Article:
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Experts say plastic ban will fail in absence of alternative



The ban on plastic is unlikely to succeed in the absence of an alternative to carry and pack food items, according to experts in waste management.

Experts say that the decision taken by the Corporation of the City of Panaji (CCP) to ban plastic carry bags in the city from October 2 without actually providing an alternative will lead to a slight inconvenience to buyers and vendors.

Fabric-based bags such as silk, jute, cotton are great alternatives as they are both biodegradable and reusable, but they are costly to be considered for a one-time use, feel the experts. While paper bag is a good choice as a cheap alternative to plastic shopping bags, there is a major harm in using them. Sellers will find it difficult to pack food items like meat, eggs, sugar, pulses and flour in a newspaper and, therefore, they are confused over the alternative, say experts. Vendors say that if they don’t offer a bag, customers go to a different vendor.

Ban on plastic is not new to Panaji. The CCP had imposed a ban on plastic below 40 microns in the year 2011 as part of the Chaka Chak Goa campaign but these thin bags continued to be manufactured, vendors continued to procure them and consumers continued to demand them.

A waste management consultant Pravin Paul says it is not feasible to bring a change overnight but Goa can replicate ‘Bring Your Own Bag’ model which is famous and successful in Bengaluru. Under this campaign, awareness is created among people to get their own bags to the market to reduce the usage of plastic and vendors were asked to buy biodegradable cellulose bags instead of plastic.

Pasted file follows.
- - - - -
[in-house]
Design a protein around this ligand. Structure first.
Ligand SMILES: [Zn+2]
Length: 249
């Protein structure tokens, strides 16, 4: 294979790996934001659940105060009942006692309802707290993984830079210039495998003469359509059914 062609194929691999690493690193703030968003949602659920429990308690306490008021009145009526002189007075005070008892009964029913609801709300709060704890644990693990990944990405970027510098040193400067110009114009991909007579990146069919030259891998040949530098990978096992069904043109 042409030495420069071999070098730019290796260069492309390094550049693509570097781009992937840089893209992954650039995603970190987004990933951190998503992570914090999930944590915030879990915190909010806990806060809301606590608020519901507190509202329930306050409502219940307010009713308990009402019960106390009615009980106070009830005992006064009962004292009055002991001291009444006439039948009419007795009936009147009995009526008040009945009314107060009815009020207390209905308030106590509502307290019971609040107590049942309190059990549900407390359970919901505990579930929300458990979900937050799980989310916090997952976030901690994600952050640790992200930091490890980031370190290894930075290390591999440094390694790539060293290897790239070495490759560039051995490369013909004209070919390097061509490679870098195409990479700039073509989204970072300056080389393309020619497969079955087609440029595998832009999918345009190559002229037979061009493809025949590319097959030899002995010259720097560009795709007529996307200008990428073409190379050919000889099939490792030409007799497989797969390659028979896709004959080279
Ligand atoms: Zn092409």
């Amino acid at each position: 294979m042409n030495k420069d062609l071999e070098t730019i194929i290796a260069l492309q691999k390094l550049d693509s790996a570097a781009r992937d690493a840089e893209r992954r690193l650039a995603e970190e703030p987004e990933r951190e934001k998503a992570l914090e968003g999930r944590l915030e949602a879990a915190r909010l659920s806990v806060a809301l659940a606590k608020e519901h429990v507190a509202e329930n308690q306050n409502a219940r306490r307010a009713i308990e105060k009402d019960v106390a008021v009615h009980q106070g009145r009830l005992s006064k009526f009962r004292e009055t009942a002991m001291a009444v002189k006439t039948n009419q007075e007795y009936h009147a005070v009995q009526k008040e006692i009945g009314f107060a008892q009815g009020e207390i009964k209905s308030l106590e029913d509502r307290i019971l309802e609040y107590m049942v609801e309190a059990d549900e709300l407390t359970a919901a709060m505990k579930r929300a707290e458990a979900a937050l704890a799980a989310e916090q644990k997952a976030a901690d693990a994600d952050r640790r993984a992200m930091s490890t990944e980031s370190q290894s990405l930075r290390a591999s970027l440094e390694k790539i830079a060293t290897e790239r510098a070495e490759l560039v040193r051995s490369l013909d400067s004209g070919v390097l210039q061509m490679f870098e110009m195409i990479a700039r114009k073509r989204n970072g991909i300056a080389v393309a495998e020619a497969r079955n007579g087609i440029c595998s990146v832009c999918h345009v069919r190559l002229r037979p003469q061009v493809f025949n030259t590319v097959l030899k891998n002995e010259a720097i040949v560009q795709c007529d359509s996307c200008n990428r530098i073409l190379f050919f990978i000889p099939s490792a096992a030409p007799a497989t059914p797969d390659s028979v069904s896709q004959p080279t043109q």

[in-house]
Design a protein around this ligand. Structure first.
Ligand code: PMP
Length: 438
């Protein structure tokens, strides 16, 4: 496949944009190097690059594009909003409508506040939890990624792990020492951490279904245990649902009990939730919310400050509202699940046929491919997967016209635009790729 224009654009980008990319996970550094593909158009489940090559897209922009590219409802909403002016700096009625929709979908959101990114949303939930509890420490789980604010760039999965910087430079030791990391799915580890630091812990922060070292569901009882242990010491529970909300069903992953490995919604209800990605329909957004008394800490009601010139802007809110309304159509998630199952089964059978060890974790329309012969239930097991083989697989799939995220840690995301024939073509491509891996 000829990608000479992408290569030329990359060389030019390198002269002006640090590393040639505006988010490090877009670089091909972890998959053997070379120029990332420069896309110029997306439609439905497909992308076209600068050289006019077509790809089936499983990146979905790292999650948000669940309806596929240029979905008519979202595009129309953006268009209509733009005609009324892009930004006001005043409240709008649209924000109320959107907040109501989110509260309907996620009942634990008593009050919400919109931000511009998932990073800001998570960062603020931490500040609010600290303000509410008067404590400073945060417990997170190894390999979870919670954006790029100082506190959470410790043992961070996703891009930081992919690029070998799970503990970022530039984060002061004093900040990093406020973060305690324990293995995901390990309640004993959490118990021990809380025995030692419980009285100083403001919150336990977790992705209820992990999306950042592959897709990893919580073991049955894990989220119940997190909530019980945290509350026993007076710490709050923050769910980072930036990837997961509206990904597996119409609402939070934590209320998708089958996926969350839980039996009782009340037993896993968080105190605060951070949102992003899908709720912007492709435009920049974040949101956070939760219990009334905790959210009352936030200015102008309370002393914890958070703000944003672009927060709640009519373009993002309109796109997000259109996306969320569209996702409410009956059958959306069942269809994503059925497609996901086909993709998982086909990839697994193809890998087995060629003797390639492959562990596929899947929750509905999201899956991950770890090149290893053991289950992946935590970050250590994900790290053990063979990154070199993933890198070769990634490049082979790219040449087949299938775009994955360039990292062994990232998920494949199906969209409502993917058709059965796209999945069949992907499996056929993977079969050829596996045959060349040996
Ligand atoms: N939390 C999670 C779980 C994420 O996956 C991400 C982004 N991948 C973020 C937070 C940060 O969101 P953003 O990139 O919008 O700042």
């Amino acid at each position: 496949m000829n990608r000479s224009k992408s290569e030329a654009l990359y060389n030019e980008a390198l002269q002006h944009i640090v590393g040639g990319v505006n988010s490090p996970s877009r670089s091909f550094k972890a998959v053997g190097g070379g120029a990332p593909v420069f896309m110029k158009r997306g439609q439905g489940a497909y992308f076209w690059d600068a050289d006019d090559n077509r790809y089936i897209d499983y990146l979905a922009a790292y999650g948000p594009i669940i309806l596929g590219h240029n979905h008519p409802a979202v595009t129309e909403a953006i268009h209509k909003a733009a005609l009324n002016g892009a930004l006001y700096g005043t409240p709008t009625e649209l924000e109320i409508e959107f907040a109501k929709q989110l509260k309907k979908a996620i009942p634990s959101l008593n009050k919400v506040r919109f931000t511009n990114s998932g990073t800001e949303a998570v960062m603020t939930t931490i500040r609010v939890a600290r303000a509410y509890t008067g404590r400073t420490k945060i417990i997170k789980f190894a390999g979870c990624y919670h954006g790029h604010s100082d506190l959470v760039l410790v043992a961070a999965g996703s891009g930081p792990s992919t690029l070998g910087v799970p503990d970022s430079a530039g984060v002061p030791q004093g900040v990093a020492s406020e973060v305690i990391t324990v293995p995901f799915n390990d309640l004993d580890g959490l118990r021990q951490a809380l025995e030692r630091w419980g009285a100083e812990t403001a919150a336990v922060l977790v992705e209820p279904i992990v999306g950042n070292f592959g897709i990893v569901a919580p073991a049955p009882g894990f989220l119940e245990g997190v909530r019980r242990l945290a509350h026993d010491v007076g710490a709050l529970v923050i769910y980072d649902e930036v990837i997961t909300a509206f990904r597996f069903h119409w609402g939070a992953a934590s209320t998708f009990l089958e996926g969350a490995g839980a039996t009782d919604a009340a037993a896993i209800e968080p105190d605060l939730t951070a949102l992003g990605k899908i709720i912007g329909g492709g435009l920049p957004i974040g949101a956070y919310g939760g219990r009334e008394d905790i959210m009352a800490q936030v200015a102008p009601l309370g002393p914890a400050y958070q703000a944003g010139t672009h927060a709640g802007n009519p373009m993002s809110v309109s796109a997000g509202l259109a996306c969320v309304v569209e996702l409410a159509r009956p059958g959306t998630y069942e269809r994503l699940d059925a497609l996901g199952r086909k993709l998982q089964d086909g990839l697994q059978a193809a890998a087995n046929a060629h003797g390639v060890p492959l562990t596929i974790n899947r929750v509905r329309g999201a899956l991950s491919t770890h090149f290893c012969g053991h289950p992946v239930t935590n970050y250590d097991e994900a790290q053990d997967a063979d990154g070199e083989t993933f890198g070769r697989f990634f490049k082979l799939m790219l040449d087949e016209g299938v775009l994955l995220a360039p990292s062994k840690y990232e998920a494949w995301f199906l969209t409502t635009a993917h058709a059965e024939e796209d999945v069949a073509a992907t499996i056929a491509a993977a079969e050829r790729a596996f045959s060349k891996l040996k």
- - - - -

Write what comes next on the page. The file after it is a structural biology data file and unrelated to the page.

In Bengaluru, there are a number of companies that manufacture and supply 100 per cent biodegradable carry bags, water bottles, cups, plates, straws, tableware, pouches made from natural starch, vegetable oil derivatives and vegetable waste which are the best substitutes to plastic grocery carry bags and everyday single-use products.

In order to help in implementation of plastic ban, many social entrepreneurs in Bengaluru started a model of borrowing a bag. Under this model, the stores and shops can buy cloth bags from the team at a fixed cost. These will be rented to customers who need bags, at Rs 20, Rs 30 or Rs 40 depending on the size. People can get their deposit back if they return the cloth bag within the scheduled time.

In Guwahati, the Municipal Corporation encourages people to bring their own bags – be it paper bag, cloth bag or any other bag and also has also tied up with self-help groups (SHGs) to make paper bags, which are biodegradable, ranging between Rs 5 and Rs 14.

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